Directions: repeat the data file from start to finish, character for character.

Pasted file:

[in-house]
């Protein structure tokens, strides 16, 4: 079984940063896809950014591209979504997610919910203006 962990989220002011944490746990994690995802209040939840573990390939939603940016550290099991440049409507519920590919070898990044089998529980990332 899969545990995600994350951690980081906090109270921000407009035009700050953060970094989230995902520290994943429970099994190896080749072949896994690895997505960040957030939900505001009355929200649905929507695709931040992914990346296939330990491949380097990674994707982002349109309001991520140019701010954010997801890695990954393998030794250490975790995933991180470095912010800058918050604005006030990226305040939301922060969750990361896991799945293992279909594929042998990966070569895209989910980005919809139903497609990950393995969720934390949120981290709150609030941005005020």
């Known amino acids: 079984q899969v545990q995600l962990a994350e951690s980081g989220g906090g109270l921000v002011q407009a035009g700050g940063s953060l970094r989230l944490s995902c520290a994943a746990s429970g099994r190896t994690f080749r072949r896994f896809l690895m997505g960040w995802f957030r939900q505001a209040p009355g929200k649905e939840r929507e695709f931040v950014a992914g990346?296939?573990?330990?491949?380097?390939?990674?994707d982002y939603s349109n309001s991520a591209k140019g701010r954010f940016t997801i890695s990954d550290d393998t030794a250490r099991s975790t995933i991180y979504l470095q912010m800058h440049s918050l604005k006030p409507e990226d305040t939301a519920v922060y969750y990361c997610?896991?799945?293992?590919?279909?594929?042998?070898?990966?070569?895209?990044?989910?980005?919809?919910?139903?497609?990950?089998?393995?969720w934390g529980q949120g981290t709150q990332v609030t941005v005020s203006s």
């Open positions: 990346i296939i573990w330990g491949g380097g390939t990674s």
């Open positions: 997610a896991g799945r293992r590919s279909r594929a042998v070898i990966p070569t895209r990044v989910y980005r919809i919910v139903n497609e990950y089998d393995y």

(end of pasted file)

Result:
[in-house]
């Protein structure tokens, strides 16, 4: 079984940063896809950014591209979504997610919910203006 962990989220002011944490746990994690995802209040939840573990390939939603940016550290099991440049409507519920590919070898990044089998529980990332 899969545990995600994350951690980081906090109270921000407009035009700050953060970094989230995902520290994943429970099994190896080749072949896994690895997505960040957030939900505001009355929200649905929507695709931040992914990346296939330990491949380097990674994707982002349109309001991520140019701010954010997801890695990954393998030794250490975790995933991180470095912010800058918050604005006030990226305040939301922060969750990361896991799945293992279909594929042998990966070569895209989910980005919809139903497609990950393995969720934390949120981290709150609030941005005020």
């Known amino acids: 079984q899969v545990q995600l962990a994350e951690s980081g989220g906090g109270l921000v002011q407009a035009g700050g940063s953060l970094r989230l944490s995902c520290a994943a746990s429970g099994r190896t994690f080749r072949r896994f896809l690895m997505g960040w995802f957030r939900q505001a209040p009355g929200k649905e939840r929507e695709f931040v950014a992914g990346?296939?573990?330990?491949?380097?390939?990674?994707d982002y939603s349109n309001s991520a591209k140019g701010r954010f940016t997801i890695s990954d550290d393998t030794a250490r099991s975790t995933i991180y979504l470095q912010m800058h440049s918050l604005k006030p409507e990226d305040t939301a519920v922060y969750y990361c997610?896991?799945?293992?590919?279909?594929?042998?070898?990966?070569?895209?990044?989910?980005?919809?919910?139903?497609?990950?089998?393995?969720w934390g529980q949120g981290t709150q990332v609030t941005v005020s203006s």
């Open positions: 990346i296939i573990w330990g491949g380097g390939t990674s």
């Open positions: 997610a896991g799945r293992r590919s279909r594929a042998v070898i990966p070569t895209r990044v989910y980005r919809i919910v139903n497609e990950y089998d393995y």